Kate Godwin Is Sharing Her DNA For The Sake Of Art And I Love It

I have a Shelf of Oddities (yes, I capitalize it in my head) that contains a toy bust of a Black Barbie, a miniature black Frank Kozik Gipper Bust, a School House Rock soundtrack, a vintage Franc, a chunk of pyrite, a bag of semi-precious rocks (mostly also pyrite), a paper knife, the rubber-band detritus of having performed Lygia Clark’s “Estruturas Vivas,” pieces of a broken sonic screwdriver toy that held someone’s weed before I scavenged it from their garbage, a six-sided die that has no 1 or 6 but two 2’s and two 3’s, a small vial of gallium (a metal that melts at extraordinarily low temperatures), a tungsten drill bit, dozens of pins that I had to take off of my backpack before I started traveling, and — here’s the important one — several pieces of multi-colored, multi-flavored hard candy that I took from Felix Gonzalez-Torres’ “Untitled (Portrait of Ross in L.A.)” and pocketed instead of eating, as theoretically one is intended to do.

“Portrait of Ross” is a pile of 176 pounds of a candy called Fruit Flashers that’s usually housed in the contemporary wing of the Art Institute of Chicago. It’s 176 pounds because that’s the weight Ross Laycock, Gonzalez-Torres’ partner, was when he was healthy, before they both got AIDS. It’s a metaphor for Ross’s body, and viewers are supposed to take a piece of candy — by so doing, the body deteriorates.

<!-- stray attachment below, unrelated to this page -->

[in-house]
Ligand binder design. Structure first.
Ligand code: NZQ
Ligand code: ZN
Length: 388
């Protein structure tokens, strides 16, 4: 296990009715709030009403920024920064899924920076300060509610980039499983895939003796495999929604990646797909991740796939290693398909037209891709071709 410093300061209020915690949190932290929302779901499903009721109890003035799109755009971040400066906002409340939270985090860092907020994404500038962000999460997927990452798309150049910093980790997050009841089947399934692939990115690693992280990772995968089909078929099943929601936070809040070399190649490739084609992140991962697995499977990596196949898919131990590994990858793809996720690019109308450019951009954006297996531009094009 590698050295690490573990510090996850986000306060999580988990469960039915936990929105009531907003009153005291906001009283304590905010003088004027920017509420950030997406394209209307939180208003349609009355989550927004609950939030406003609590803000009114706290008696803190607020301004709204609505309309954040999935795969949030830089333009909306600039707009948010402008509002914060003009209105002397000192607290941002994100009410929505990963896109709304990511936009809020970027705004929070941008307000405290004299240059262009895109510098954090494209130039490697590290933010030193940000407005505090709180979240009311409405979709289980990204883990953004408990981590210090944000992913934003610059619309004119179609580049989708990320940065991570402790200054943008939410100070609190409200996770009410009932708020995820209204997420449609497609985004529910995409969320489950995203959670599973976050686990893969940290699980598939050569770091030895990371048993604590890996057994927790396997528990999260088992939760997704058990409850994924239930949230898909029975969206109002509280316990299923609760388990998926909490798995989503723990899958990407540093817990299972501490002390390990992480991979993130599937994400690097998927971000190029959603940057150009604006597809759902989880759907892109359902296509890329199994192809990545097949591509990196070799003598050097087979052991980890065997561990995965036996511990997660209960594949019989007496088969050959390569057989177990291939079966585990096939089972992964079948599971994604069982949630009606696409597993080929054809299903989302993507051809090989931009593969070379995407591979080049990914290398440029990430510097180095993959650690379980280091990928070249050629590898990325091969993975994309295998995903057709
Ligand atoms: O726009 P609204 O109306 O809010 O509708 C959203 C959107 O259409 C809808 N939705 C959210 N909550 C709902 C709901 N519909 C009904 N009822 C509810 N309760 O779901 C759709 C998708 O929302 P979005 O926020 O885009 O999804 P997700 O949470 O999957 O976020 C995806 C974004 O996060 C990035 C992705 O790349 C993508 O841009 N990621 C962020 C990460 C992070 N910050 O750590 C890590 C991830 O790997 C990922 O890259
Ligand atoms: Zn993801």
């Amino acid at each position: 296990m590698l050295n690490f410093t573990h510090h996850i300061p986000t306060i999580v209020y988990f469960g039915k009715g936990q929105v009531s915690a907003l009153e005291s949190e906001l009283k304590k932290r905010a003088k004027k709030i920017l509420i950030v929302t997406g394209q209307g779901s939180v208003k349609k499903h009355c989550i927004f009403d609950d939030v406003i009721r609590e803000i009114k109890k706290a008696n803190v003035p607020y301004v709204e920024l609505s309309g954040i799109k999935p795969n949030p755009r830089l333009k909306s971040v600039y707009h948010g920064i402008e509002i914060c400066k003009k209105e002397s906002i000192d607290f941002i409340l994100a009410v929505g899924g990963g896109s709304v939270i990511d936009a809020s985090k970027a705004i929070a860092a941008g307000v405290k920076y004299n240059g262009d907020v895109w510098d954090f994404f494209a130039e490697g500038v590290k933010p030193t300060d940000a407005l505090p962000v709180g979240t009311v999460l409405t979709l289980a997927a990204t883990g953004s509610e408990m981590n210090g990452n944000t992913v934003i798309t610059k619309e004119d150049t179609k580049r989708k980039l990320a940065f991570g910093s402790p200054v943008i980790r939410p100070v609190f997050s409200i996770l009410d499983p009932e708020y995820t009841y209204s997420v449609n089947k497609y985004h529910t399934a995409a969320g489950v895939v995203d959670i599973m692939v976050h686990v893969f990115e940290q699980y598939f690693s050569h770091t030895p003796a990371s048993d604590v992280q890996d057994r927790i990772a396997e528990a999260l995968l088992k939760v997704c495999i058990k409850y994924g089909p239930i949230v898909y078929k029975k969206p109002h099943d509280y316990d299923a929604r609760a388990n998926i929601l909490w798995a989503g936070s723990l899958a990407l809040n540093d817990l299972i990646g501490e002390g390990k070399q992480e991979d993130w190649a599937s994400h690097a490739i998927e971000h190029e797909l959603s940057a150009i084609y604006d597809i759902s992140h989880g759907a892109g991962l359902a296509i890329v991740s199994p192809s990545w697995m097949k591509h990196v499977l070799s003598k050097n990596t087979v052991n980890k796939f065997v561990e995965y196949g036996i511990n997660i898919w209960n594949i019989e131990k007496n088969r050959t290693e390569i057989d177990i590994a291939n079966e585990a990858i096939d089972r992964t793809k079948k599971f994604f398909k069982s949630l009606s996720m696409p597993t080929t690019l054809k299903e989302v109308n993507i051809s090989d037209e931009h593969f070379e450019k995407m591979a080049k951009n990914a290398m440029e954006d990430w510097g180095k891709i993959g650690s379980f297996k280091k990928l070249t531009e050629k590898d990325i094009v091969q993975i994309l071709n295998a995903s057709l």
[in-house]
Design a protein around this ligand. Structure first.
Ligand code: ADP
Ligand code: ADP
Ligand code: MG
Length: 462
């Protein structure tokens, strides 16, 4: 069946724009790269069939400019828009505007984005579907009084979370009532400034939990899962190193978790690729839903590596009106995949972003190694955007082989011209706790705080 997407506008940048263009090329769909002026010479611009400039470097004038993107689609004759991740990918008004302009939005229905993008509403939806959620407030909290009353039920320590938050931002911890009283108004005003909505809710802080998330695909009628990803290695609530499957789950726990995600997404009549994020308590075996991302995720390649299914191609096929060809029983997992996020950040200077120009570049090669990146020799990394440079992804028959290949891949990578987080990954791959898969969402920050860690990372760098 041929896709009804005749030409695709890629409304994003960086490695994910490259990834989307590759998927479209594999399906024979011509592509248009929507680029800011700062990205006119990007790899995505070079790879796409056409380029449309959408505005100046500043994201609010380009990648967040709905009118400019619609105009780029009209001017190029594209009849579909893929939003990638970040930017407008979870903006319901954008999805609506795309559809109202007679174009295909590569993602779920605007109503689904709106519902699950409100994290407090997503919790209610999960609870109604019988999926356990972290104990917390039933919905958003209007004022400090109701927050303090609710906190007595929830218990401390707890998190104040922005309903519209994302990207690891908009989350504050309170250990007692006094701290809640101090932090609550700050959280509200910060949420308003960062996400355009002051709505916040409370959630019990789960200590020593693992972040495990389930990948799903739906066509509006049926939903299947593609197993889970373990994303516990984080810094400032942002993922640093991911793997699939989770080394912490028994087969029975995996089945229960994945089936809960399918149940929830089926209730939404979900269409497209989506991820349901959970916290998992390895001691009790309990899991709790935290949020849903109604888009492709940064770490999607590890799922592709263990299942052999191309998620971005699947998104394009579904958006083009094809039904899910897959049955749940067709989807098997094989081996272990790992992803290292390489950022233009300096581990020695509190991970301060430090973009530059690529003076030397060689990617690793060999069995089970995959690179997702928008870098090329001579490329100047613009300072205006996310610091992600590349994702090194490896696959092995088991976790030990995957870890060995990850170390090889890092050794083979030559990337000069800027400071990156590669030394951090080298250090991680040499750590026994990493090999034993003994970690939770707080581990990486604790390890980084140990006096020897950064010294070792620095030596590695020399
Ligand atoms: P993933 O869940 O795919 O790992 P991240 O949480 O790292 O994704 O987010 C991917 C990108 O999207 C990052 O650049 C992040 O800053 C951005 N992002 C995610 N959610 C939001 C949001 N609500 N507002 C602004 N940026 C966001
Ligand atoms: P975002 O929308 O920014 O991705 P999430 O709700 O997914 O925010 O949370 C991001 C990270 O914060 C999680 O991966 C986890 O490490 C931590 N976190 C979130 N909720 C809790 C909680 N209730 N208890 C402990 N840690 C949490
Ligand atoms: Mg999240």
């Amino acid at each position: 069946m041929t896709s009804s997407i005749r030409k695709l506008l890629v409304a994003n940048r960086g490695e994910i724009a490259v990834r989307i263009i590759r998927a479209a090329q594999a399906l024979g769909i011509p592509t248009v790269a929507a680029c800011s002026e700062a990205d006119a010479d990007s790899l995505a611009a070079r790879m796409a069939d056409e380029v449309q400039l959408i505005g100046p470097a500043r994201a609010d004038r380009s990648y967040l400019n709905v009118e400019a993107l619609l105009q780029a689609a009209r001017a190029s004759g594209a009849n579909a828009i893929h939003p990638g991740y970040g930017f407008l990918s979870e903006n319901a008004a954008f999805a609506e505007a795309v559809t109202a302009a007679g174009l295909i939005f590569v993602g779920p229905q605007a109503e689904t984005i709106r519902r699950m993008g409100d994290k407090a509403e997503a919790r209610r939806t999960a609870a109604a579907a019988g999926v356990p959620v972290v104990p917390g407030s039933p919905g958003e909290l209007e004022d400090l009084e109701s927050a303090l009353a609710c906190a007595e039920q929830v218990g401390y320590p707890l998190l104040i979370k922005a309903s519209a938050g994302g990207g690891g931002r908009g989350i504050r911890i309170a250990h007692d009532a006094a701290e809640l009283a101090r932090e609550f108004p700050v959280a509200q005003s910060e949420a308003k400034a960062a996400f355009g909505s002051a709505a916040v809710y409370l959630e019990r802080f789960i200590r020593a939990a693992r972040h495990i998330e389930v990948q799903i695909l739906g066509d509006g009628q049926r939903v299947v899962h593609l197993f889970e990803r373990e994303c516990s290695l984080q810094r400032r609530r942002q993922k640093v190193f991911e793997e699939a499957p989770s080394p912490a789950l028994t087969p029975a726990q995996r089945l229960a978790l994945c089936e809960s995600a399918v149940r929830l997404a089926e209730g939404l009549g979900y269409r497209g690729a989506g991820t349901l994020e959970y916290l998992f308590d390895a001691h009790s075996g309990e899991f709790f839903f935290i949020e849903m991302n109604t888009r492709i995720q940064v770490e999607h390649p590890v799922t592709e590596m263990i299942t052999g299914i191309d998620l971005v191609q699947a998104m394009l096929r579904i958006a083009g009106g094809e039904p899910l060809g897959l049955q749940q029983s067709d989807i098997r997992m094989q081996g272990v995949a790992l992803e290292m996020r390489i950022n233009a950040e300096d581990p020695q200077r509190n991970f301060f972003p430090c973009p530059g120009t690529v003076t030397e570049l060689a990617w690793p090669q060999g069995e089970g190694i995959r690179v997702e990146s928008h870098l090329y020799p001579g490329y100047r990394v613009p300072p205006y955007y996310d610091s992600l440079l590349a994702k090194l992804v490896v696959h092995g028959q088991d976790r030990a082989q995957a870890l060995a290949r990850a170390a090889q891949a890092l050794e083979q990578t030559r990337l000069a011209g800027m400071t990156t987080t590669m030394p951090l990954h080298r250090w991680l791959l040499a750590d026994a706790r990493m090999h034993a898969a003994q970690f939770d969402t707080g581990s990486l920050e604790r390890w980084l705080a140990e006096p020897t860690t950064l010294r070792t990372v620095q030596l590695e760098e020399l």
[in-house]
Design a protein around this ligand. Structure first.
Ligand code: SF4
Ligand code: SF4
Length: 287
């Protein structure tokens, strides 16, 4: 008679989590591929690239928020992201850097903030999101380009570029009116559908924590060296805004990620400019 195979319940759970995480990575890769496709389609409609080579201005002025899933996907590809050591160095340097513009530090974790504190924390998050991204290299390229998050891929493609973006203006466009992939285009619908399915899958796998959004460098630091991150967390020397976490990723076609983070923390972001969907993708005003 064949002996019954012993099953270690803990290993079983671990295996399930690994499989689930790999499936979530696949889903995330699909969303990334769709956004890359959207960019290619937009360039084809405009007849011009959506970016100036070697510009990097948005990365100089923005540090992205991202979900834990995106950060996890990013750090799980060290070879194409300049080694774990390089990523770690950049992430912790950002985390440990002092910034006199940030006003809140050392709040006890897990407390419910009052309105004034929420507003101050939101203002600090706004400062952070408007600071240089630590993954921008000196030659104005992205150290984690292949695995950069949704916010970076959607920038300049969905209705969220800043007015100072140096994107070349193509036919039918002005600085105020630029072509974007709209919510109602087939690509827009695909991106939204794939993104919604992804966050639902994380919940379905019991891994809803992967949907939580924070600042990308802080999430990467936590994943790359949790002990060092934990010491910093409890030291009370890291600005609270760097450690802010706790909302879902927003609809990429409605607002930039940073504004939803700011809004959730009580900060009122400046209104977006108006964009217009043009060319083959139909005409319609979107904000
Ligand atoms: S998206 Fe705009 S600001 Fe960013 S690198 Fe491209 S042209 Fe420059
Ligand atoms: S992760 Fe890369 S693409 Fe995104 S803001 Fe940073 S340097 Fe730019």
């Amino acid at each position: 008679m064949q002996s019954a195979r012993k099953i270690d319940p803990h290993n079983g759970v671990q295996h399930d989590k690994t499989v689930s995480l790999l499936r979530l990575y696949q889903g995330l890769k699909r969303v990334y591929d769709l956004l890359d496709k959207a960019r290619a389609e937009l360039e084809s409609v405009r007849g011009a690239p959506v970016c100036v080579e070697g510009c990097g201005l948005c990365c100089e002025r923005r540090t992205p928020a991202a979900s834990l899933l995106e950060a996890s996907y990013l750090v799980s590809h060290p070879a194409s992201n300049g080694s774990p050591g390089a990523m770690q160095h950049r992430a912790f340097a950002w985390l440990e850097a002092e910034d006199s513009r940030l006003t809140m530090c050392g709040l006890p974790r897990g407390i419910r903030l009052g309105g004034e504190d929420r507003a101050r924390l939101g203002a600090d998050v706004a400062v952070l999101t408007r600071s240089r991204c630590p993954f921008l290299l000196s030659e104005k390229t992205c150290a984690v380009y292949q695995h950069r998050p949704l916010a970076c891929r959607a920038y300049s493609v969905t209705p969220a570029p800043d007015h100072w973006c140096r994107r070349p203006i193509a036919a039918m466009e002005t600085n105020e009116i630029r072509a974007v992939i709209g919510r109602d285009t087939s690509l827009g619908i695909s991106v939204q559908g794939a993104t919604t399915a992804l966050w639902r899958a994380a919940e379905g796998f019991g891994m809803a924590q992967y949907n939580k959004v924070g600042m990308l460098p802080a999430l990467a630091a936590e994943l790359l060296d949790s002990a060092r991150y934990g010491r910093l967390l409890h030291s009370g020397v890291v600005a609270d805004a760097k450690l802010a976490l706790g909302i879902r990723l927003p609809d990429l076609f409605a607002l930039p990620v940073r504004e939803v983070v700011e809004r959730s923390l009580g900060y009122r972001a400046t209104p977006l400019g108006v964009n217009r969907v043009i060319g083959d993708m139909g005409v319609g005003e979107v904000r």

There’s a lot going on there that I won’t get into here because it’d get very, very long, but what I’m interested in talking about here is the aspect of this work in which the viewer takes and consumes what is supposed to be a piece of a human body. It’s extremely intimate — intimate in a sort of analog of the way that Felix and Ross were intimate — and it’s extremely sentimental and human. It hearkens to transubstantiation (the process by which bread and wine are converted to the body and blood of Jesus in Catholic theology — though Gonzalez-Torres was an atheist) and the sacrament of the Eucharist, through which the faithful are spiritually sustained, and, more importantly, through which they enter the community of believers. Don’t worry, that’s as religious as this is going to get: It’s just interesting to me because of that moving idea that physical interaction between bodies, that touch, is so emotionally powerful to us, so crucial in feeling connected to other people.

I want to bring it up because EJ Dickson and Greg Seals from The Daily Dot met a woman in Union Square named Kate Godwin, who was giving away samples of her DNA for free as an ongoing art project.

“I’m giving out my DNA because it’s what we all do constantly,” she said as curious passersby milled around the booth. “We’re constantly shedding parts of ourselves; our skin, parts of our microbiome are spreading to other people. You could take this person’s DNA, or that person’s. I’m just packaging it in a different way.”

Godwin also uses bodily materials — like urine samples — to distill for ammonia for dyes.